In view of the contrasting positions taken by the Petitioner and the 1st Respondent, the Court called upon the learned Deputy Solicitor General to assist Court and an order was made for the translation of the Tamil documents by the Official Languages Department.
The official translation provided by the Official Language Department stated
“Rule 02 Objective: In (a) repealing the word “Samashti (Federation)” and substitution of the word “Inaipaatchchi (Federation)”.
The translations were filed of record in February 2015. The Official Languages Dept. translation tallied with the ITAK claim that both words “Samashti” and “Inaipaatchchi” meant the same.
When the Application was taken up for hearing before court, the learned Counsel for the Petitioner conceded that the official translation before this court does read “Federation” and not “Confederation”.
It was also the contention of the Counsel for the Petitioner that “Federation” and “Confederation” meant the same thing though the Counsel for the Petitioner did not pursue this line of argument at the initial stages.
The Learned Counsel for the Petitioner at the hearing and in the written submissions based some of his arguments on the Vaddukoddai Resolution passed by the newly formed Tamil United Liberation Front (TULF) on May 14th 1976, which advocated establishment of a separate State. The contention of the Counsel for the Petitioner was that the ITAK has unconditionally and unambiguously endorsed all resolutions of the TULF going back to 14 May 1976.
In regard to this submission the 1st Respondent (ITAK secretary) in his written submissions took up the position that the claims to territorial Statehood made in the Vaddukoddai Resolution adopted over 40 years ago in 1976, at the 1st National Convention of the Tamil United Liberation Front (TULF) presided by Mr. Chelvanayagam, QC, and Member of the TULF and not by ITAK.
Further excerpts from the Judgement are as follows –
Call for a Separate State
“Learned Counsel for the ITAK had conceded that it is an undisputed fact that the course of Tamil politics underwent an episode during which the call for a separate State was taken up and that Members of the ITAK also adopted a similar position and that some members had refused to take oath under the Sixth Amendment to the Constitution and as a result lost their seats in Parliament. From 1983-1988 there were no Tamil representatives from the North and the Eastern Provinces in Parliament, District Councils and local bodies.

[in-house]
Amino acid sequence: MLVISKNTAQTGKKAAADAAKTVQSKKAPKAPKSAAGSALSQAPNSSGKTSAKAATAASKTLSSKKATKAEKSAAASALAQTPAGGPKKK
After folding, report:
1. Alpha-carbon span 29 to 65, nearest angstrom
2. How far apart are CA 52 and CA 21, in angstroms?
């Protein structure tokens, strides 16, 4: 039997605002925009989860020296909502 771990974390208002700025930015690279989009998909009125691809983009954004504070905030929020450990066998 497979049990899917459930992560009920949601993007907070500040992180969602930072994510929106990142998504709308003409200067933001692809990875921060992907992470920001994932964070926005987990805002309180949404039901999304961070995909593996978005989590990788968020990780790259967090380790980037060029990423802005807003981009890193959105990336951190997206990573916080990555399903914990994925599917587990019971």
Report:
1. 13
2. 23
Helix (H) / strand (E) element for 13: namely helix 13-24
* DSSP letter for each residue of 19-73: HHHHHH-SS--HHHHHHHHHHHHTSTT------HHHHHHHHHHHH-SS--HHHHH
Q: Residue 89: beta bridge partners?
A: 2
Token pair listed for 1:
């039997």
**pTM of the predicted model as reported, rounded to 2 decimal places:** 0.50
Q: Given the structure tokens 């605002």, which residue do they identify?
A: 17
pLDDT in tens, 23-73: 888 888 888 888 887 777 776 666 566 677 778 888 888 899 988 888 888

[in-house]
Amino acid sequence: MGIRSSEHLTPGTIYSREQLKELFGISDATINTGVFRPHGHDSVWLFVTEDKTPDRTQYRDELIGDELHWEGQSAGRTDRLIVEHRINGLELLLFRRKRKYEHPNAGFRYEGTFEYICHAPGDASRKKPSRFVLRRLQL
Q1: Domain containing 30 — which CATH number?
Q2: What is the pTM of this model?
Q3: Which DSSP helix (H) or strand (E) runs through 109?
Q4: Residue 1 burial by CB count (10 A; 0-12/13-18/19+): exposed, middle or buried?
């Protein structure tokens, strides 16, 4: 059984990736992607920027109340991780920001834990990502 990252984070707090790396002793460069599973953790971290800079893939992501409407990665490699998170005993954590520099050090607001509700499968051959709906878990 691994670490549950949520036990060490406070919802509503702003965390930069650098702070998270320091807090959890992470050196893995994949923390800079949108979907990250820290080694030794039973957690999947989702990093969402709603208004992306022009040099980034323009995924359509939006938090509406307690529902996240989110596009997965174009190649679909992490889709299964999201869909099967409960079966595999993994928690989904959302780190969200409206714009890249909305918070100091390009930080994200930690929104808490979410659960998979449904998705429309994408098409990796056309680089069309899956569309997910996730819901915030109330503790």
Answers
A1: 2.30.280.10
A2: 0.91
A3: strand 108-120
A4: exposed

It was further submitted on behalf of the ITAK that this situation however changed with the enactment of the Thirteenth Amendment to the Constitution and that several Members who lost their seats in Parliament returned to Parliament after subscribing to the oath prescribed by the Sixth Amendment to the Constitution and that every single sixteen (16) Members belonging to ITAK in the current Parliament have subscribed to the oath prescribed by the Sixth Amendment and also that several who were Members of Parliament on previous occasions have also subscribed to the oath several times’.
“The Seventh Schedule refers to Oath/ affirmation to be taken or subscribed under Article 157A and article 161(d) (iii) of the Sixth Amendment to the Constitution. It reads thus:
“ I ………………………..do solemnly declare and affirm/swear that I will uphold and defend the Constitution of the Democratic Socialist Republic of Sri Lanka and that I will not, directly or indirectly, in or outside Sri Lanka, support, espouse, promote, finance, encourage or advocate the establishment of a separate State within the territory of Sri Lanka”.